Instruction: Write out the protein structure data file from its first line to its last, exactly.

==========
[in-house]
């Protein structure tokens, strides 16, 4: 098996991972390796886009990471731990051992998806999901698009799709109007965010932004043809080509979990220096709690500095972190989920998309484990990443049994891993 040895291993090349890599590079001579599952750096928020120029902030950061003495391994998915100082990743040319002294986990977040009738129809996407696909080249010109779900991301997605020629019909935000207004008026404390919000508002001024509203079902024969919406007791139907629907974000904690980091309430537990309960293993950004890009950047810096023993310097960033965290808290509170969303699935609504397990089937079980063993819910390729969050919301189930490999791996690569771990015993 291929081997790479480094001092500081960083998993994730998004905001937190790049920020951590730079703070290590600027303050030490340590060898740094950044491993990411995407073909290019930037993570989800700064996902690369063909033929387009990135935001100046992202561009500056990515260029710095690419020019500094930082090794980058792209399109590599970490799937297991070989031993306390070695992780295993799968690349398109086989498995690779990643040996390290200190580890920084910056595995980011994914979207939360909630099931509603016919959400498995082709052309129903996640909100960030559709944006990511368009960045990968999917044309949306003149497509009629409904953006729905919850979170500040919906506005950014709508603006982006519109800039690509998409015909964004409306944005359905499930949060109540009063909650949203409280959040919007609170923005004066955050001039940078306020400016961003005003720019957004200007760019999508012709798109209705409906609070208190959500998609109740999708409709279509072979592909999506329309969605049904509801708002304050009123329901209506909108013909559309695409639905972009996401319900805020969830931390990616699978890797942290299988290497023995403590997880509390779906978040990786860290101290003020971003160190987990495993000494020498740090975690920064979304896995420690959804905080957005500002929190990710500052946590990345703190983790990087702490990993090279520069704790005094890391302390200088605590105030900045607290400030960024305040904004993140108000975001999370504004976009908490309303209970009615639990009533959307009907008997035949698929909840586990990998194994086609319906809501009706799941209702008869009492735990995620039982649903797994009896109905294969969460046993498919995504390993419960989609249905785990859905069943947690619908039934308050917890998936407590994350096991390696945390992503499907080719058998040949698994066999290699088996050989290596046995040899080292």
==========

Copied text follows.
[in-house]
């Protein structure tokens, strides 16, 4: 098996991972390796886009990471731990051992998806999901698009799709109007965010932004043809080509979990220096709690500095972190989920998309484990990443049994891993 040895291993090349890599590079001579599952750096928020120029902030950061003495391994998915100082990743040319002294986990977040009738129809996407696909080249010109779900991301997605020629019909935000207004008026404390919000508002001024509203079902024969919406007791139907629907974000904690980091309430537990309960293993950004890009950047810096023993310097960033965290808290509170969303699935609504397990089937079980063993819910390729969050919301189930490999791996690569771990015993 291929081997790479480094001092500081960083998993994730998004905001937190790049920020951590730079703070290590600027303050030490340590060898740094950044491993990411995407073909290019930037993570989800700064996902690369063909033929387009990135935001100046992202561009500056990515260029710095690419020019500094930082090794980058792209399109590599970490799937297991070989031993306390070695992780295993799968690349398109086989498995690779990643040996390290200190580890920084910056595995980011994914979207939360909630099931509603016919959400498995082709052309129903996640909100960030559709944006990511368009960045990968999917044309949306003149497509009629409904953006729905919850979170500040919906506005950014709508603006982006519109800039690509998409015909964004409306944005359905499930949060109540009063909650949203409280959040919007609170923005004066955050001039940078306020400016961003005003720019957004200007760019999508012709798109209705409906609070208190959500998609109740999708409709279509072979592909999506329309969605049904509801708002304050009123329901209506909108013909559309695409639905972009996401319900805020969830931390990616699978890797942290299988290497023995403590997880509390779906978040990786860290101290003020971003160190987990495993000494020498740090975690920064979304896995420690959804905080957005500002929190990710500052946590990345703190983790990087702490990993090279520069704790005094890391302390200088605590105030900045607290400030960024305040904004993140108000975001999370504004976009908490309303209970009615639990009533959307009907008997035949698929909840586990990998194994086609319906809501009706799941209702008869009492735990995620039982649903797994009896109905294969969460046993498919995504390993419960989609249905785990859905069943947690619908039934308050917890998936407590994350096991390696945390992503499907080719058998040949698994066999290699088996050989290596046995040899080292």